KinaseInformation(HGNC='MASTL', family='MAST', full_name='microtubule associated serine/threonine kinase like', group='AGC', iuphar=0, kinase_ID=22, kinase_class='MASTL', name='MASTL', pocket='KPISRGAFGKVYLYAVKVVQVQAERDALALSKPFIVHLYYSYLVMEYLIGGDVKSLLHIYLHRHGIIHRDLKPDNMLILTDFGLS', species='Human', uniprot='Q96GX5')

[28]:

result.uniprot

# NBVAL_CHECK_OUTPUT

[28]:

'Q96GX5'


bravado also builds result objects for you, so you don’t have to use the result["property"] syntax, but the result.property one. Some more convenience for the end user ;)

### Document parsing¶

Sometimes the web service will not provide a standardized API that produces machine-readable documents. Instead, you will have to use the regular webpage and parse through the HTML code to obtain the information you need. This is called (web) scraping, which usually involves finding the right HTML tags and IDs that contain the valuable data (ignoring things such as the sidebars, top menus, footers, ads, etc).

In scraping, you basically do two things:

1. Access the webpage with requests and obtain the HTML contents.

2. Parse the HTML string with BeautifulSoup or requests-html.

Let’s parse the proteinogenic amino acids table in this Wikipedia article:

[29]:

import requests
from bs4 import BeautifulSoup
import numpy as np
import pandas as pd

r = requests.get("https://en.wikipedia.org/wiki/Proteinogenic_amino_acid")
r.raise_for_status()

# To guess the correct steps here, you will have to inspect the HTML code by hand
# Tip: use right-click + inspect content in any webpage to land in the HTML definition ;)
html = BeautifulSoup(r.text)
table_body = table.find("tbody")

data = []
for row in table_body.find_all("tr"):
cells = row.find_all("td")
if cells:
data.append([])
for cell in cells:
cell_content = cell.text.strip()
try:  # convert to float if possible
cell_content = float(cell_content)
except ValueError:
pass
data[-1].append(cell_content)

# Empty fields are denoted with "?" which casts respective columns to object types
# (here mix of strings and floats) but we want float64, therefore replace "?" with NaN values
pd.DataFrame.from_records(data).replace("?", np.nan)

# NBVAL_CHECK_OUTPUT

[29]:

0 1 2 3 4 5
0 A Ala 89.09404 6.01 2.35 9.87
1 C Cys 121.15404 5.05 1.92 10.70
2 D Asp 133.10384 2.85 1.99 9.90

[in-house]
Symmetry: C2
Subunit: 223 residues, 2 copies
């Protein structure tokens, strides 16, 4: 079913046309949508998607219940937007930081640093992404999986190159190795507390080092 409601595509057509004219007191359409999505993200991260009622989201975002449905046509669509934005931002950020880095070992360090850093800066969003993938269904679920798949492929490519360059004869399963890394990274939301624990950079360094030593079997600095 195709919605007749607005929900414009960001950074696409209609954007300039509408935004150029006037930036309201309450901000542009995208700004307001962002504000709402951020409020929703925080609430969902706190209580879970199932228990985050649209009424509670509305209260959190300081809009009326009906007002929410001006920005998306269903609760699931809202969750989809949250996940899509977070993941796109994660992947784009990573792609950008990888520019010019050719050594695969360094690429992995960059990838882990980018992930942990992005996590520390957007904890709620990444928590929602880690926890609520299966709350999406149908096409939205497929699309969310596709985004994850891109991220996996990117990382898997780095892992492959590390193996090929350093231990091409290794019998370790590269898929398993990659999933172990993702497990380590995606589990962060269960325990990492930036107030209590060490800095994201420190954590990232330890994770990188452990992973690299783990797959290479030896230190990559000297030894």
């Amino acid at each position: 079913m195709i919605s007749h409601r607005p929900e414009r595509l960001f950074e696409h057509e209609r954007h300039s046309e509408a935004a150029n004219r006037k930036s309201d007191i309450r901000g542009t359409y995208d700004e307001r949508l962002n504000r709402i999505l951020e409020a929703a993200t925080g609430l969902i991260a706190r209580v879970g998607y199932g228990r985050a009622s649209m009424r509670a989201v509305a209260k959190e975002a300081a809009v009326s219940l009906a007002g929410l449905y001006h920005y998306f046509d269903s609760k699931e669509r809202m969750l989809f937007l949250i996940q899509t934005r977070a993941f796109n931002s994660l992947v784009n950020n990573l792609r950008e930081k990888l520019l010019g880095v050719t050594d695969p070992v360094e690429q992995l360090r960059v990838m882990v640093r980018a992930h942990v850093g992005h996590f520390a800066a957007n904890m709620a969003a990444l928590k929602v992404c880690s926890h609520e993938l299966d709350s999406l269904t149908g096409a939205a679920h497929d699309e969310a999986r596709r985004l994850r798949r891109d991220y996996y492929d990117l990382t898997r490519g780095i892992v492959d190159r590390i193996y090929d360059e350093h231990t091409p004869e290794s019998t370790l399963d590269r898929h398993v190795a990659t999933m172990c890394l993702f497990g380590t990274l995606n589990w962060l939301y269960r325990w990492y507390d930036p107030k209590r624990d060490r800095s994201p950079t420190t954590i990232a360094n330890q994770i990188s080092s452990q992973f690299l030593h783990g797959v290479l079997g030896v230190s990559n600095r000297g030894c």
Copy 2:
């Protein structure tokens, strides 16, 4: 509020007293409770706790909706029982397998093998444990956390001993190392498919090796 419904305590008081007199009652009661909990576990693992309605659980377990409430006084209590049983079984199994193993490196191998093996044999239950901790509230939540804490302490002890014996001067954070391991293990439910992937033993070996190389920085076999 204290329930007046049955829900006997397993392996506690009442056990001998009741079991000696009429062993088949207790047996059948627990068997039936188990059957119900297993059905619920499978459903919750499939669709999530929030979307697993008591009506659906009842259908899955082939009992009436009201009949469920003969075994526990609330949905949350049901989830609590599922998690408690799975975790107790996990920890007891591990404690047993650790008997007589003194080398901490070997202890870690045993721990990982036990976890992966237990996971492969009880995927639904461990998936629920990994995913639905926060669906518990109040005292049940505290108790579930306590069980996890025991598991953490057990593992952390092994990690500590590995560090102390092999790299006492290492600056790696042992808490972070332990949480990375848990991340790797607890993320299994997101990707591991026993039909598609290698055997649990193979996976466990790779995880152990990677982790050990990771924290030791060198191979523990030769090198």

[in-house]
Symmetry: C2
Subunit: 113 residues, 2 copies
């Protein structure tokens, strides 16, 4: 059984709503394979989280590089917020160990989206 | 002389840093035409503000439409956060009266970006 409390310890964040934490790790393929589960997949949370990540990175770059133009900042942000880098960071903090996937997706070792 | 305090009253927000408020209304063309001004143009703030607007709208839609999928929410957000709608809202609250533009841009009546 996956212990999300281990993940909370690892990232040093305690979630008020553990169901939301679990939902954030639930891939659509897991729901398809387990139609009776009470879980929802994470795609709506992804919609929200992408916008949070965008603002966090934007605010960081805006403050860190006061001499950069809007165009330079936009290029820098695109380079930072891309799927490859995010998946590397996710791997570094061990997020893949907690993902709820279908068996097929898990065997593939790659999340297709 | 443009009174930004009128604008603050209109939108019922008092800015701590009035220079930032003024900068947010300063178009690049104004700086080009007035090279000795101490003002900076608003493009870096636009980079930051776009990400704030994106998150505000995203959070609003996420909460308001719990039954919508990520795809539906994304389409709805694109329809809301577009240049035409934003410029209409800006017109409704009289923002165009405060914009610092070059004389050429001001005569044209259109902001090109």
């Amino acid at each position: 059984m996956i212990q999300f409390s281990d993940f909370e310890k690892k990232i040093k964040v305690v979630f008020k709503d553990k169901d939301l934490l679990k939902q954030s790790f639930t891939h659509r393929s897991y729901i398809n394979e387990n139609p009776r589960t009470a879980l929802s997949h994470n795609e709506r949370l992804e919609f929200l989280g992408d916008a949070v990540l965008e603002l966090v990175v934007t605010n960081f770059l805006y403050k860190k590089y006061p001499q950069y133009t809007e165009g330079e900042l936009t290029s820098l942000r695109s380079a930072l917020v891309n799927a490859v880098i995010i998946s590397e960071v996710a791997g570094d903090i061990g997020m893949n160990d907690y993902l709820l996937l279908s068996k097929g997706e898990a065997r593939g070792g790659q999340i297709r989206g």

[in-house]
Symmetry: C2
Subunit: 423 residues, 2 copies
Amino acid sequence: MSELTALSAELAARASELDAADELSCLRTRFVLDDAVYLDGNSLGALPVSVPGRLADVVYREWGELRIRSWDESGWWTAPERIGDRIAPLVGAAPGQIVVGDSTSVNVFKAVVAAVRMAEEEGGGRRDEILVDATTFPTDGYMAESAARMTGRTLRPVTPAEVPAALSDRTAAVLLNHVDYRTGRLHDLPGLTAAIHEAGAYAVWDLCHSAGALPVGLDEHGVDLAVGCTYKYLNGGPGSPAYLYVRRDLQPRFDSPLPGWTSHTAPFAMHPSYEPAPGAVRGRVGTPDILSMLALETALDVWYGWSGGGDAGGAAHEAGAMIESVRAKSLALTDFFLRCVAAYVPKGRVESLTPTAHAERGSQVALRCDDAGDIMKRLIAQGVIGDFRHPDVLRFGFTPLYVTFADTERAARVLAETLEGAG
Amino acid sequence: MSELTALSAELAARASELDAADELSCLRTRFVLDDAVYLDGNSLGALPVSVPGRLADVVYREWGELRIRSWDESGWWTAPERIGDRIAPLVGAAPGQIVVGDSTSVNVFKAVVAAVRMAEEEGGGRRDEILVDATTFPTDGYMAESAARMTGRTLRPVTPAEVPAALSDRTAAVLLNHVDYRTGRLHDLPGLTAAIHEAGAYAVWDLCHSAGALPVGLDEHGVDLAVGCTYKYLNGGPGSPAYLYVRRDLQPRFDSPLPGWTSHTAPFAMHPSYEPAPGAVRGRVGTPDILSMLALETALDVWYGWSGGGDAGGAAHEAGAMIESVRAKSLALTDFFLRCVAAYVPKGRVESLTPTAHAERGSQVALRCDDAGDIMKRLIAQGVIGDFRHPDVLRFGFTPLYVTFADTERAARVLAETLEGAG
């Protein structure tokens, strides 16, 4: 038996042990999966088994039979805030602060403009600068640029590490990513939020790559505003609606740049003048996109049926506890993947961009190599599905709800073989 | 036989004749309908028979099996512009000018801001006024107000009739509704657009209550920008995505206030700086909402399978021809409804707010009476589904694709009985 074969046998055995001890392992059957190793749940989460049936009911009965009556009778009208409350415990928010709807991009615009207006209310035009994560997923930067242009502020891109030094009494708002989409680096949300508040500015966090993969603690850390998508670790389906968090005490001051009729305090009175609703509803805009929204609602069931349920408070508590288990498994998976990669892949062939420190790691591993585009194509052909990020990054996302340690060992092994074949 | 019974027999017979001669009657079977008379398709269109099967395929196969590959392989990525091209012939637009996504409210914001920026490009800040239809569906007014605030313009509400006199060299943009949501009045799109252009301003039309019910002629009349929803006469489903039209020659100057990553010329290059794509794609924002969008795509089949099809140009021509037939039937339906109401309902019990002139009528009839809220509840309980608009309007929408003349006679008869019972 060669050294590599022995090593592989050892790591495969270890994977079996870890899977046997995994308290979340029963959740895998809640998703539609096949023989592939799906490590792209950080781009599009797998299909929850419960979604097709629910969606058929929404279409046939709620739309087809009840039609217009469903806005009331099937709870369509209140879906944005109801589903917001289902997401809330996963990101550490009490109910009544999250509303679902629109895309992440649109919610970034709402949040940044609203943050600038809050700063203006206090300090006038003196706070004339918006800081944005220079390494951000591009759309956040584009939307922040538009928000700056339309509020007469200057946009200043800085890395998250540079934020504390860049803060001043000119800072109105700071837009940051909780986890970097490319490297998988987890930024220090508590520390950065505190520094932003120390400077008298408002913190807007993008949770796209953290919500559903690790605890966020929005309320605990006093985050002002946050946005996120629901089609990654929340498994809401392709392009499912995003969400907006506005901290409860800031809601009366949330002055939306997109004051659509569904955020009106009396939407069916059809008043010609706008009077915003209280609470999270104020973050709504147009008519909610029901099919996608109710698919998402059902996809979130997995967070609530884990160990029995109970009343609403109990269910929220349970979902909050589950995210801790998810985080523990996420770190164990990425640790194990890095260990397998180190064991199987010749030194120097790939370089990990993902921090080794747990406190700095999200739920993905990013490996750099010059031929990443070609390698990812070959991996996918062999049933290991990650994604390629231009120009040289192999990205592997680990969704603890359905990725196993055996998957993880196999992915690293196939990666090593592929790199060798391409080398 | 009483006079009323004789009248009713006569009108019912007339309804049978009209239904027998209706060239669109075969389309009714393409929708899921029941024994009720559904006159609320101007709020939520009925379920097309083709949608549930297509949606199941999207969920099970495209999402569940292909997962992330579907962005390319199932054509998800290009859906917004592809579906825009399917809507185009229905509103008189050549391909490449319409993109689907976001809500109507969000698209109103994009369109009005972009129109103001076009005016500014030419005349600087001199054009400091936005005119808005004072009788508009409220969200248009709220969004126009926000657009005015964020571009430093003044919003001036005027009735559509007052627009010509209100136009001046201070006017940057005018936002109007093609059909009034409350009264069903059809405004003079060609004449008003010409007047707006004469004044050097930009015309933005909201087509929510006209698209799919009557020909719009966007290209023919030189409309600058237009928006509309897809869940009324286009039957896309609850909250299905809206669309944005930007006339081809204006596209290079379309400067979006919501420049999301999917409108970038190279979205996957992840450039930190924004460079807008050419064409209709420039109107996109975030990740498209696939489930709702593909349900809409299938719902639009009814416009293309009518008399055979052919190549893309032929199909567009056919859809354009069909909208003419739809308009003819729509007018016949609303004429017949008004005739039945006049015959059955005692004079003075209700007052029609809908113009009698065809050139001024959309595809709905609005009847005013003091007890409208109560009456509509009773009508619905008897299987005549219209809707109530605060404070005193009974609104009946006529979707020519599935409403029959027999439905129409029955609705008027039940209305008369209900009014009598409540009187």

3 E Glu 147.13074 3.15 2.10 9.47
4 F Phe 165.19184 5.49 2.20 9.31
5 G Gly 75.06714 6.06 2.35 9.78
6 H His 155.15634 7.60 1.80 9.33
7 I Ile 131.17464 6.05 2.32 9.76
8 K Lys 146.18934 9.60 2.16 9.06
9 L Leu 131.17464 6.01 2.33 9.74
10 M Met 149.20784 5.74 2.13 9.28
11 N Asn 132.11904 5.41 2.14 8.72
12 O Pyl 255.31000 NaN NaN NaN
13 P Pro 115.13194 6.30 1.95 10.64
14 Q Gln 146.14594 5.65 2.17 9.13
15 R Arg 174.20274 10.76 1.82 8.99
16 S Ser 105.09344 5.68 2.19 9.21
17 T Thr 119.12034 5.60 2.09 9.10
18 U Sec 168.05300 5.47 1.91 10.00
19 V Val 117.14784 6.00 2.39 9.74
20 W Trp 204.22844 5.89 2.46 9.41
21 Y Tyr 181.19124 5.64 2.20 9.21

If you want to get an image, you need to find img tags and retrieve the src property.

[30]:

from IPython.display import Image

display(Image(f'https:{html.find("img")["src"]}'))


### Browser remote control¶

The trend some years ago was to build servers that dynamically generate HTML documents with some JavaScript here and there (such as Wikipedia). In other words, the HTML is built in the server and sent to the client (your browser).

However, latest trends are pointing towards full applications built entirely with JavaScript frameworks. This means that the HTML content is dynamically generated in the client. Traditional parsing will not work and you will only download the placeholder HTML code that hosts the JavaScript framework. To work around this, the HTML must be rendered with a client-side JavaScript engine.

We won’t cover this in the current notebook, but you can check the following projects if you are interested:

## Discussion¶

In this theoretical introduction you have seen how different methods to programmatically access online web services can be used from a Python interpreter. Leveraging these techniques you will be able to build automated pipelines inside Jupyter Notebooks. In the end, querying a database or downloading a file involves the same kind of tooling.

Unfortunately, there is too much material to cover about web APIs in a single lesson. For example, how do you send or upload contents from Python? Can you submit forms? If you are interested in knowing more, the requests documentation should be your go-to resource. Some interesting parts include:

## Quiz¶

• Use the KLIFS API (with or without bravado, up to you) to find all kinases that can bind staurosporine (ligand code STU).

• How can you find the correct HTML tags and identifiers to scrape a specific part of a website? Can it be automated?

• Would you rather use programmatic APIs or manually crafted scrapers?